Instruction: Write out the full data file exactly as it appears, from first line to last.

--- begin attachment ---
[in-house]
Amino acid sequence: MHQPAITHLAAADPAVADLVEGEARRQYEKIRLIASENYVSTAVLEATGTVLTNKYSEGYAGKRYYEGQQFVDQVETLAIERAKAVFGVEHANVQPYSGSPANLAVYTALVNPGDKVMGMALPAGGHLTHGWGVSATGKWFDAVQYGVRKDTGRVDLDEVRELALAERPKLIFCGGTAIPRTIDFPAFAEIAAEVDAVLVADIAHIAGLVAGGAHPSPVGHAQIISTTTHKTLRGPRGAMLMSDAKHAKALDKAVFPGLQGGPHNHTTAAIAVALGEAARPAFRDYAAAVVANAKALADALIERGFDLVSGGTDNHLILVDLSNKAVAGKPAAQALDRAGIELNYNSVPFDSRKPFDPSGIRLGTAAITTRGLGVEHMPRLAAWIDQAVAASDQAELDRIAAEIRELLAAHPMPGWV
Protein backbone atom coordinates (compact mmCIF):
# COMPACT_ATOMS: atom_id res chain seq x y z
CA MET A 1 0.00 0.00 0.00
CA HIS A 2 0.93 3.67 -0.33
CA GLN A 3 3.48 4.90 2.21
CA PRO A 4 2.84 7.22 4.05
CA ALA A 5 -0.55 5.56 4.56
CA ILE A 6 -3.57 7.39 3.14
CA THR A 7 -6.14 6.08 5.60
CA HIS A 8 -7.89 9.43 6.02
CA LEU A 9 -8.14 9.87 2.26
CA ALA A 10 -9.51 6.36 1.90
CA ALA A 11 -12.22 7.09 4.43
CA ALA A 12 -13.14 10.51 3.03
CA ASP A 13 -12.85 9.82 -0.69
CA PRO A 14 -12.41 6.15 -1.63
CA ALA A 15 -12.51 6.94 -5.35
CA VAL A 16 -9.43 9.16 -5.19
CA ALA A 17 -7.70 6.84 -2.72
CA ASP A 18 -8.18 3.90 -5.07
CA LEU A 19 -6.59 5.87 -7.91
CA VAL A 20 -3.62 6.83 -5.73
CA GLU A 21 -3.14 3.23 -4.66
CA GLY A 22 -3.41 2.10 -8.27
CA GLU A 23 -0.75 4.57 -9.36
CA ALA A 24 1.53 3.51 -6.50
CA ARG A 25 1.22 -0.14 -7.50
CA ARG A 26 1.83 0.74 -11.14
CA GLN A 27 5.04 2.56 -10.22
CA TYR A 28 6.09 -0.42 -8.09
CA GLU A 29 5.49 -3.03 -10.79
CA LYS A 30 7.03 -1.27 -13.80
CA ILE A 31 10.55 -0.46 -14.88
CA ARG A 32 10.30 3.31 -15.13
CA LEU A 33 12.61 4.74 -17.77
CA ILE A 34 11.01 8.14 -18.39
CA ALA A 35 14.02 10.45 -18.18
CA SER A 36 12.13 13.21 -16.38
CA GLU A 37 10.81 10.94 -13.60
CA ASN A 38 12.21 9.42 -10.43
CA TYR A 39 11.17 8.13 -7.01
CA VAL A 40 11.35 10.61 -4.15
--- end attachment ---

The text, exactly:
[in-house]
Amino acid sequence: MHQPAITHLAAADPAVADLVEGEARRQYEKIRLIASENYVSTAVLEATGTVLTNKYSEGYAGKRYYEGQQFVDQVETLAIERAKAVFGVEHANVQPYSGSPANLAVYTALVNPGDKVMGMALPAGGHLTHGWGVSATGKWFDAVQYGVRKDTGRVDLDEVRELALAERPKLIFCGGTAIPRTIDFPAFAEIAAEVDAVLVADIAHIAGLVAGGAHPSPVGHAQIISTTTHKTLRGPRGAMLMSDAKHAKALDKAVFPGLQGGPHNHTTAAIAVALGEAARPAFRDYAAAVVANAKALADALIERGFDLVSGGTDNHLILVDLSNKAVAGKPAAQALDRAGIELNYNSVPFDSRKPFDPSGIRLGTAAITTRGLGVEHMPRLAAWIDQAVAASDQAELDRIAAEIRELLAAHPMPGWV
Protein backbone atom coordinates (compact mmCIF):
# COMPACT_ATOMS: atom_id res chain seq x y z
CA MET A 1 0.00 0.00 0.00
CA HIS A 2 0.93 3.67 -0.33
CA GLN A 3 3.48 4.90 2.21
CA PRO A 4 2.84 7.22 4.05
CA ALA A 5 -0.55 5.56 4.56
CA ILE A 6 -3.57 7.39 3.14
CA THR A 7 -6.14 6.08 5.60
CA HIS A 8 -7.89 9.43 6.02
CA LEU A 9 -8.14 9.87 2.26
CA ALA A 10 -9.51 6.36 1.90
CA ALA A 11 -12.22 7.09 4.43
CA ALA A 12 -13.14 10.51 3.03
CA ASP A 13 -12.85 9.82 -0.69
CA PRO A 14 -12.41 6.15 -1.63
CA ALA A 15 -12.51 6.94 -5.35
CA VAL A 16 -9.43 9.16 -5.19
CA ALA A 17 -7.70 6.84 -2.72
CA ASP A 18 -8.18 3.90 -5.07
CA LEU A 19 -6.59 5.87 -7.91
CA VAL A 20 -3.62 6.83 -5.73
CA GLU A 21 -3.14 3.23 -4.66
CA GLY A 22 -3.41 2.10 -8.27
CA GLU A 23 -0.75 4.57 -9.36
CA ALA A 24 1.53 3.51 -6.50
CA ARG A 25 1.22 -0.14 -7.50
CA ARG A 26 1.83 0.74 -11.14
CA GLN A 27 5.04 2.56 -10.22
CA TYR A 28 6.09 -0.42 -8.09
CA GLU A 29 5.49 -3.03 -10.79
CA LYS A 30 7.03 -1.27 -13.80
CA ILE A 31 10.55 -0.46 -14.88
CA ARG A 32 10.30 3.31 -15.13
CA LEU A 33 12.61 4.74 -17.77
CA ILE A 34 11.01 8.14 -18.39
CA ALA A 35 14.02 10.45 -18.18
CA SER A 36 12.13 13.21 -16.38
CA GLU A 37 10.81 10.94 -13.60
CA ASN A 38 12.21 9.42 -10.43
CA TYR A 39 11.17 8.13 -7.01
CA VAL A 40 11.35 10.61 -4.15